While horses and humans alike can appreciate a little break from the hot and humid days of summer, if inadequately prepared for the colder temps ahead, winter can be a rude awakening for both you and your horse.
In this post, we will touch on some of the challenges that wintertime exercise can pose to your horse's health and safety and include tips to combat each of these challenges.
Warm-ups and Cool-downs
As temps begin to drop, aim to extend or even double the length of your horse's warm-up and cool-down routine. If you've ever tried exercising or going for a run in the bitter cold without first warming up or stretching, you understand just how stiff and unpleasant your legs and body can feel. This also applies to your horse. Allowing your horse extra time to slowly increase their body temperature before diving into demanding exercise is a critical piece to your horse's health and performance abilities during the winter.
Pay close attention to how your horse reacts to exercising in the cold and only progress to your workout once your horse is seeming limber, focused, and energetic.
On top of this, it is important to allow your horse a proper cool-down period. Regardless of the season, when horses are hard at work, they produce heat and sweat. In the winter, excess sweat can build up and freeze, resulting in health complications. Therefore, give your horse adequate time to cool off at the end of each workout - they'll thank you for it.
Too Cold for Comfort
If the air is so cold that it hurts to breathe, shortening or forgoing workouts may be necessary when your horse's health and safety are at stake. Cold temps can be pretty hard on a performance horse as their lungs are required to take in large volumes of air during exercise. When the air is cold and dry, this can lead to some negative effects on your horse's lungs and airway.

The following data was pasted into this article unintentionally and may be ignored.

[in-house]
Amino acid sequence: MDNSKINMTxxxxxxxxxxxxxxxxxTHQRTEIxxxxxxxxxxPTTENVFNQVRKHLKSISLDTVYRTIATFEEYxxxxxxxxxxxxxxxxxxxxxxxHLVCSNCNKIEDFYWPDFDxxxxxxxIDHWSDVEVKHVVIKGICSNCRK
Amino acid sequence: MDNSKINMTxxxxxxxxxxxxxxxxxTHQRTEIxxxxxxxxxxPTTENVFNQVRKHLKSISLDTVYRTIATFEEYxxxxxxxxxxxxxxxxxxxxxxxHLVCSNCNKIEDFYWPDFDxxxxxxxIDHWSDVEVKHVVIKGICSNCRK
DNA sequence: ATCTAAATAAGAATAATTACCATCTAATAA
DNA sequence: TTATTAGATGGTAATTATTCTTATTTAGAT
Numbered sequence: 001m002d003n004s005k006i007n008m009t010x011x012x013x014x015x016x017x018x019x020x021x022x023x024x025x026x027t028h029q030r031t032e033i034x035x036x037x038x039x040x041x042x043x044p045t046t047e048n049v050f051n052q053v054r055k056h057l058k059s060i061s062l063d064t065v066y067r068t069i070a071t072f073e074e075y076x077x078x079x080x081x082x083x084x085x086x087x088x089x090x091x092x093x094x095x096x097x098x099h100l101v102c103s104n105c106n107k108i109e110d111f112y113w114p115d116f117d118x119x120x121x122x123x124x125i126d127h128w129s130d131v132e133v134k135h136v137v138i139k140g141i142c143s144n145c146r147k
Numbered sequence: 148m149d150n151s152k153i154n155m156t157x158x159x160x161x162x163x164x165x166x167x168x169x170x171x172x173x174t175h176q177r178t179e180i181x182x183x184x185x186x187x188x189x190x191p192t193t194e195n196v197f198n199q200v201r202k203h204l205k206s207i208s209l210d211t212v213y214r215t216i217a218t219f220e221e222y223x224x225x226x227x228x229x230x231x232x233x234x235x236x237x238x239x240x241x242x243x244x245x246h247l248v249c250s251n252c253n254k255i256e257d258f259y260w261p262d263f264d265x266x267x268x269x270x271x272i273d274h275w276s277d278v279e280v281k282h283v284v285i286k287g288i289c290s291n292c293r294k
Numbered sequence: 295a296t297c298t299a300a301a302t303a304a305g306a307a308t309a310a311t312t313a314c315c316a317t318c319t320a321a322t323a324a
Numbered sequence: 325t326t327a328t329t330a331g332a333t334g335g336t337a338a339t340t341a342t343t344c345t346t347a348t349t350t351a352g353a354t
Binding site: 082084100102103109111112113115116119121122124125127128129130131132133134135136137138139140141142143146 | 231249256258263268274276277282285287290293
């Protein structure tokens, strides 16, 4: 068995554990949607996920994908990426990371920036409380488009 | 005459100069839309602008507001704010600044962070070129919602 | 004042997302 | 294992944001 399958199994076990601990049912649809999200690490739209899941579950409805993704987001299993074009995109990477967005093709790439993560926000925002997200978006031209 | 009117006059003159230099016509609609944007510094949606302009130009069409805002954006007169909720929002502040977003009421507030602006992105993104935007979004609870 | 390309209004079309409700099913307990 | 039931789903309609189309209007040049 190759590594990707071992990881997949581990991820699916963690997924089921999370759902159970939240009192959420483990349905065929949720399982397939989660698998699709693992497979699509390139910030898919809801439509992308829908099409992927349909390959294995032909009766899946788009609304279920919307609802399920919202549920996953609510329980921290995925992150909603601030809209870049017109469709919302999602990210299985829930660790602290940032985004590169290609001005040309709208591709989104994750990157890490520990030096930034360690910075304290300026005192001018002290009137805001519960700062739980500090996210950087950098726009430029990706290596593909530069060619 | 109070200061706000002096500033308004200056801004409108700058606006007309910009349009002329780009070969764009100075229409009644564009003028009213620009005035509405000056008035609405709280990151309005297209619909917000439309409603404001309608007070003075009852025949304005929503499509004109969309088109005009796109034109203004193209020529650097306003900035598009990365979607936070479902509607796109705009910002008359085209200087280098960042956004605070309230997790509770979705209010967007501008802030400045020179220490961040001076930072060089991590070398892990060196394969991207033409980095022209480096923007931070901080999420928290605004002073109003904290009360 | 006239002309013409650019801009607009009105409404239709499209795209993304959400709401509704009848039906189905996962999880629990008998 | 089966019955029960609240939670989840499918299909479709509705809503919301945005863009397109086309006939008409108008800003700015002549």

According to a study by Davis et. al., at Oklahoma State University1, horses that cantered for five minutes in cold temperatures showed signs of airway changes that could eventually lead to chronic airway disease (if exercise continued for a prolonged period of time).
On top of this, cold weather can increase the frequency and severity of exercise induced pulmonary hemorrhaging (EIPH or lung bleeding). Since cold, dry air acts as an irritant on the lungs and airway passages, lung bleeding, wheezing, coughing, and shortness of breath can all occur.
When temps drop below freezing, make sure to adjust your workouts accordingly and scale back on the intensity if needed.
Cold weather can quickly change the quality of the footing in the winter and with poor footing comes more chances for injury.
It is recommended to check the footing before each ride to make sure your training ground isn't frozen and rutted. If ice is present, it may be safer to sacrifice a workout or two until the conditions improve, as even a minor trip or fall can result in fractures or sprains.
If conditions don't improve rapidly, there are several ways that you can maintain the footing of your training ground so that you and your horse don't have to miss out on exercise. Some of these include regular surface grooming to ensure that the footing is evenly spread and that there is no build-up of water or ice, as well as adding magnesium chloride flakes to the footing in order to prevent freezing and allow you to get more wintertime use out of the space.
Keeping an Eye on Your Horse
Overall, carefully monitoring your horse's performance during the winter can give you a keen sense of how well they are coping with the weather and with training. Look for any signs of labored breathing, coughing, or wheezing as this may indicate the onset of chronic airway disease. If your horse continues to show these symptoms throughout the winter, it is advised to reduce or even omit exercise completely and consult with your veterinarian
Lack of energy, fatigue, and reluctance to move can also be an indication that your horse is experiencing trouble in the colder temperatures. If so, you may need to adjust your training routine in order to keep them comfortable and healthy. Do keep in mind that even long walks can be beneficial to your horse's fitness levels. Ultimately, it makes no sense to overdo it if you don't have to as your horse's safety and wellbeing should be valued over everything else.
1M. S. Davis, A. J. Lockard, D. J. Marlin, A. N. Freed. “Airway cooling and mucosal injury during cold weather exercise.” Equine Vet J Suppl. 2002 Sep; (34): 413–416. doi: 10.1111/j.2042-3306.2002.tb05458.x